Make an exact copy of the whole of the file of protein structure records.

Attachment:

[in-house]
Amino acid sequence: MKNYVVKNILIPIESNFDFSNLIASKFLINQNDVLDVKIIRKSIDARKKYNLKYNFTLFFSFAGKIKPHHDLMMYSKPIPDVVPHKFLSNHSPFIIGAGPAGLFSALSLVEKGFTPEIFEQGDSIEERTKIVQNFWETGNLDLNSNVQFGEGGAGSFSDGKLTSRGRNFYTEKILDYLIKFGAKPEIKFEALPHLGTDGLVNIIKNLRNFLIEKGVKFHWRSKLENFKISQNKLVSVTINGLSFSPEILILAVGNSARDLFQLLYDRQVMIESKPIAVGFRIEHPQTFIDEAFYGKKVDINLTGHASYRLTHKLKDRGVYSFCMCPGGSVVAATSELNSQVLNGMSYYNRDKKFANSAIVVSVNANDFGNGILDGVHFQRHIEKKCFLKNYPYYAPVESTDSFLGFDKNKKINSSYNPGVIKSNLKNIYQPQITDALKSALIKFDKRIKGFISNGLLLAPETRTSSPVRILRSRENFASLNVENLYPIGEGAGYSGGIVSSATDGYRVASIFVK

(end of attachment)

[in-house]
Amino acid sequence: MKNYVVKNILIPIESNFDFSNLIASKFLINQNDVLDVKIIRKSIDARKKYNLKYNFTLFFSFAGKIKPHHDLMMYSKPIPDVVPHKFLSNHSPFIIGAGPAGLFSALSLVEKGFTPEIFEQGDSIEERTKIVQNFWETGNLDLNSNVQFGEGGAGSFSDGKLTSRGRNFYTEKILDYLIKFGAKPEIKFEALPHLGTDGLVNIIKNLRNFLIEKGVKFHWRSKLENFKISQNKLVSVTINGLSFSPEILILAVGNSARDLFQLLYDRQVMIESKPIAVGFRIEHPQTFIDEAFYGKKVDINLTGHASYRLTHKLKDRGVYSFCMCPGGSVVAATSELNSQVLNGMSYYNRDKKFANSAIVVSVNANDFGNGILDGVHFQRHIEKKCFLKNYPYYAPVESTDSFLGFDKNKKINSSYNPGVIKSNLKNIYQPQITDALKSALIKFDKRIKGFISNGLLLAPETRTSSPVRILRSRENFASLNVENLYPIGEGAGYSGGIVSSATDGYRVASIFVK